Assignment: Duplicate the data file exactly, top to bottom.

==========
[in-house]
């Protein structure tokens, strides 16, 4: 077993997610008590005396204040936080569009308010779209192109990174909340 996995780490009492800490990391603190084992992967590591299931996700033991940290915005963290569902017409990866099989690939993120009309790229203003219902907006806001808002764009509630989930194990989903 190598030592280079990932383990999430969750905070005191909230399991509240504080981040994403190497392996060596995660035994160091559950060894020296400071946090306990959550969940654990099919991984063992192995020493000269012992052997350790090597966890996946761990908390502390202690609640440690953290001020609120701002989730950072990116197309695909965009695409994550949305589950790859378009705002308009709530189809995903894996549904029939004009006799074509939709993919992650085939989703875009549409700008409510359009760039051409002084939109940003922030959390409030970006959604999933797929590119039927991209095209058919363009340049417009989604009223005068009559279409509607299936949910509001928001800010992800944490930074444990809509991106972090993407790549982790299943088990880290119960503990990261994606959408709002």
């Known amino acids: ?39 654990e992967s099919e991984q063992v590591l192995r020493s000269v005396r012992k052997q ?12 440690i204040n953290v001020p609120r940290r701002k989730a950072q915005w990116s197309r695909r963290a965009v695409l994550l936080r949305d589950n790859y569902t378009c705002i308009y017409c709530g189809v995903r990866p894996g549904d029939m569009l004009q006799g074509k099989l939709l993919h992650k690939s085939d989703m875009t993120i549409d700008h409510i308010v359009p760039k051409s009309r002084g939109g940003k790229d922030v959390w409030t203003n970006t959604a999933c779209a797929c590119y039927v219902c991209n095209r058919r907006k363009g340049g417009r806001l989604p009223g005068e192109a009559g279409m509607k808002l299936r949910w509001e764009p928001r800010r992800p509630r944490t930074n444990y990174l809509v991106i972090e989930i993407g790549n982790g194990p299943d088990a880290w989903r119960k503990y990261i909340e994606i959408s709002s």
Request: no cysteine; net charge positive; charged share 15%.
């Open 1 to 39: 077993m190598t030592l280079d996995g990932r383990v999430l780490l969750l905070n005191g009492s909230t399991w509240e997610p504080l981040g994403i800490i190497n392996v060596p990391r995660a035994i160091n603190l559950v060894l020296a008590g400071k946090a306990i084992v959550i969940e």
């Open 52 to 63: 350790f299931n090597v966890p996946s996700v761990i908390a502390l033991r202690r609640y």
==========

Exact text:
[in-house]
């Protein structure tokens, strides 16, 4: 077993997610008590005396204040936080569009308010779209192109990174909340 996995780490009492800490990391603190084992992967590591299931996700033991940290915005963290569902017409990866099989690939993120009309790229203003219902907006806001808002764009509630989930194990989903 190598030592280079990932383990999430969750905070005191909230399991509240504080981040994403190497392996060596995660035994160091559950060894020296400071946090306990959550969940654990099919991984063992192995020493000269012992052997350790090597966890996946761990908390502390202690609640440690953290001020609120701002989730950072990116197309695909965009695409994550949305589950790859378009705002308009709530189809995903894996549904029939004009006799074509939709993919992650085939989703875009549409700008409510359009760039051409002084939109940003922030959390409030970006959604999933797929590119039927991209095209058919363009340049417009989604009223005068009559279409509607299936949910509001928001800010992800944490930074444990809509991106972090993407790549982790299943088990880290119960503990990261994606959408709002």
């Known amino acids: ?39 654990e992967s099919e991984q063992v590591l192995r020493s000269v005396r012992k052997q ?12 440690i204040n953290v001020p609120r940290r701002k989730a950072q915005w990116s197309r695909r963290a965009v695409l994550l936080r949305d589950n790859y569902t378009c705002i308009y017409c709530g189809v995903r990866p894996g549904d029939m569009l004009q006799g074509k099989l939709l993919h992650k690939s085939d989703m875009t993120i549409d700008h409510i308010v359009p760039k051409s009309r002084g939109g940003k790229d922030v959390w409030t203003n970006t959604a999933c779209a797929c590119y039927v219902c991209n095209r058919r907006k363009g340049g417009r806001l989604p009223g005068e192109a009559g279409m509607k808002l299936r949910w509001e764009p928001r800010r992800p509630r944490t930074n444990y990174l809509v991106i972090e989930i993407g790549n982790g194990p299943d088990a880290w989903r119960k503990y990261i909340e994606i959408s709002s």
Request: no cysteine; net charge positive; charged share 15%.
């Open 1 to 39: 077993m190598t030592l280079d996995g990932r383990v999430l780490l969750l905070n005191g009492s909230t399991w509240e997610p504080l981040g994403i800490i190497n392996v060596p990391r995660a035994i160091n603190l559950v060894l020296a008590g400071k946090a306990i084992v959550i969940e």
């Open 52 to 63: 350790f299931n090597v966890p996946s996700v761990i908390a502390l033991r202690r609640y």